For disabled people who need personal assistance to live and take part in society Brexit is also bad news. Many people employ care workers/personal assistants from EU countries and now not only does the fall in the value of the pound affect the exchange value of wages paid but on a longer term basis no-one, neither the employers or the employees, have any idea about a future right to work here when the UK leaves the EU. It could of course be years before any more is known.
Workers rights generally are very much an unknown quantity at the moment as well. Teresa May has said the Conservatives want to protect those in place yet many people are on insecure zero hours contracts with no legal protections. The introduction of fees for Employment Tribunal hearings has also negatively affected worker’s rights to challenge unfair dismissals. All of these issues regarding employment rights continue to disproportionately affect disabled workers and the fear that once EU constraints on our employment laws are removed is causing major concerns for those disabled people who are in work.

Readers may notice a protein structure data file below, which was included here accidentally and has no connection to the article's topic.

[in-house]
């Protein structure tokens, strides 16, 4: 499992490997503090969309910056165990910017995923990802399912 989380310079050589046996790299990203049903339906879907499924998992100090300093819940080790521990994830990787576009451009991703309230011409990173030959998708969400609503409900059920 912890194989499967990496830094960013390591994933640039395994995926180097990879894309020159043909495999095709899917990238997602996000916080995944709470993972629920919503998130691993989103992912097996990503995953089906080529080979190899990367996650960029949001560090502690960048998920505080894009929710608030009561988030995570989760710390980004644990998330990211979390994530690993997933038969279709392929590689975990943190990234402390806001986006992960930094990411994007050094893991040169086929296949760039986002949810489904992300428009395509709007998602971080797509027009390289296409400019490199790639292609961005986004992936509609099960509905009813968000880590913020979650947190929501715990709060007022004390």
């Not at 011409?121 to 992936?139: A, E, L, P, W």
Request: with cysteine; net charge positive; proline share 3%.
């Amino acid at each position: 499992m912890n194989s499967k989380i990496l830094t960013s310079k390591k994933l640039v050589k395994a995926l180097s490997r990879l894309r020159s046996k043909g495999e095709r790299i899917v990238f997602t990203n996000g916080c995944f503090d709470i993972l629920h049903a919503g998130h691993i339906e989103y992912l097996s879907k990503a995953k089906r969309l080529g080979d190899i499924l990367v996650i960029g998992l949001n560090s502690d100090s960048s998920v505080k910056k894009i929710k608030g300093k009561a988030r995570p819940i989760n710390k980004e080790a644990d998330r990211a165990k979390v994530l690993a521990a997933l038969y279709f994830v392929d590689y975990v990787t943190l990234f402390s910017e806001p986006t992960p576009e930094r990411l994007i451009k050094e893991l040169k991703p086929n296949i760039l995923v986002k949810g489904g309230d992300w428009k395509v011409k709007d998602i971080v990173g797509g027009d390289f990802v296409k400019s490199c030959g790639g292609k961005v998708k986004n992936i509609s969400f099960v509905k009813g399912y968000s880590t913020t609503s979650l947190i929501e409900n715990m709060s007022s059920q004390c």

For disabled people not in work the ending of Workfare and Work Choice schemes funded by the European Social Fund can really only be seen as positive. Neither of these schemes worked well in finding disabled people suitable or sustainable employment opportunities.
Workfare schemes in particular have been likened to unpaid slave labour which they were since claimants were forced to work for no pay under threat of having their benefits removed if they did not. Having said that there were a number of locally EU funded schemes to help disabled and other people into work which have worked well and for which there will now be no further EU funding available.
In other areas of life shared by disabled and non-disabled people the loss of European funding from the Social Fund, from the Common Agricultural Policy and from Regional Development grants will nevertheless be grossly detrimental to the overall standards of living and is likely to have a further negative trickle down impact on food prices. The idea that these funding streams will be replaced by our own government’s spending is laughable given their ongoing austerity agenda and determination to replace Trident nuclear weapons.